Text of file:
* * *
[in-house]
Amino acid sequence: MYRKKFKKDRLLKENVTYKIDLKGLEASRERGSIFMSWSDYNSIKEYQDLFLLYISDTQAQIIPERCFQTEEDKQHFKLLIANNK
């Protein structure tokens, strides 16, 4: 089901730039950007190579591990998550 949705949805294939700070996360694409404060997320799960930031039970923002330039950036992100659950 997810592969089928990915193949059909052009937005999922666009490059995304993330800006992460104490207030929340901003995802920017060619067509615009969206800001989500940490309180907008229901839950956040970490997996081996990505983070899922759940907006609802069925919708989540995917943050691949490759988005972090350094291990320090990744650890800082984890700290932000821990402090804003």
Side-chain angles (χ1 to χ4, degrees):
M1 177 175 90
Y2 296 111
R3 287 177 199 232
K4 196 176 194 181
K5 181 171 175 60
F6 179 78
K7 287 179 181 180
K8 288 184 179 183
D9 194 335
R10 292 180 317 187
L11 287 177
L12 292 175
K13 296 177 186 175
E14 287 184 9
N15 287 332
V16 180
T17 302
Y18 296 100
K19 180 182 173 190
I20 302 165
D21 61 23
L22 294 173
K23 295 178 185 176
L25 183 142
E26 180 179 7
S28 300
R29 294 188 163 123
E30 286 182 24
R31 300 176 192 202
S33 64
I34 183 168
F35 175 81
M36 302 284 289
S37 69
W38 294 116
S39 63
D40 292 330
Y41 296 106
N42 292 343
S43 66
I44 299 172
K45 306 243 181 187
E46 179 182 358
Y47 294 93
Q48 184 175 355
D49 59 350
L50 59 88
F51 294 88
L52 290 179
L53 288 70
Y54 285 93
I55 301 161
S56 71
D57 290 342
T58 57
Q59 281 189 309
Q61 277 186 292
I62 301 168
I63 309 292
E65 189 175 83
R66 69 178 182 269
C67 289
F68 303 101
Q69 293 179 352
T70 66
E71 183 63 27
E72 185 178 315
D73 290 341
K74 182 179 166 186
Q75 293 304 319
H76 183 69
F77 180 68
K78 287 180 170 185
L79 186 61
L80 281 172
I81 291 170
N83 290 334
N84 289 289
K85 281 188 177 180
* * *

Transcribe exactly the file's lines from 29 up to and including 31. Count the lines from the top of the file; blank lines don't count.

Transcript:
E26 180 179 7
S28 300
R29 294 188 163 123